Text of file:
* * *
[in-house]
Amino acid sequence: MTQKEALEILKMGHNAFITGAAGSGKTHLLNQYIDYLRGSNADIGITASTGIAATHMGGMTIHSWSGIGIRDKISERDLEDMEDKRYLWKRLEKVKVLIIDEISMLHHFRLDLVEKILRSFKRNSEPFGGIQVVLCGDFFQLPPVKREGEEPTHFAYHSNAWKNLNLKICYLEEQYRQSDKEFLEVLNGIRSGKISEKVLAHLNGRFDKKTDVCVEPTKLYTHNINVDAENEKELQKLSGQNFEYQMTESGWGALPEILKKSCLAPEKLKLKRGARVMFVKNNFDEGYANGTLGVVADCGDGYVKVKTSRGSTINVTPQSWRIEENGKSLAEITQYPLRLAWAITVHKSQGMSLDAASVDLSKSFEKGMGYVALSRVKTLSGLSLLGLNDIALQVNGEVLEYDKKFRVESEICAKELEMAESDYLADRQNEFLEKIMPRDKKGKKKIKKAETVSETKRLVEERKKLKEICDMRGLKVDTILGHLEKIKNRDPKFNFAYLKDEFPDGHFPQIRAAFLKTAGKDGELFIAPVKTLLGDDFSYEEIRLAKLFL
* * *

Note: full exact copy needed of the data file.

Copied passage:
[in-house]
Amino acid sequence: MTQKEALEILKMGHNAFITGAAGSGKTHLLNQYIDYLRGSNADIGITASTGIAATHMGGMTIHSWSGIGIRDKISERDLEDMEDKRYLWKRLEKVKVLIIDEISMLHHFRLDLVEKILRSFKRNSEPFGGIQVVLCGDFFQLPPVKREGEEPTHFAYHSNAWKNLNLKICYLEEQYRQSDKEFLEVLNGIRSGKISEKVLAHLNGRFDKKTDVCVEPTKLYTHNINVDAENEKELQKLSGQNFEYQMTESGWGALPEILKKSCLAPEKLKLKRGARVMFVKNNFDEGYANGTLGVVADCGDGYVKVKTSRGSTINVTPQSWRIEENGKSLAEITQYPLRLAWAITVHKSQGMSLDAASVDLSKSFEKGMGYVALSRVKTLSGLSLLGLNDIALQVNGEVLEYDKKFRVESEICAKELEMAESDYLADRQNEFLEKIMPRDKKGKKKIKKAETVSETKRLVEERKKLKEICDMRGLKVDTILGHLEKIKNRDPKFNFAYLKDEFPDGHFPQIRAAFLKTAGKDGELFIAPVKTLLGDDFSYEEIRLAKLFL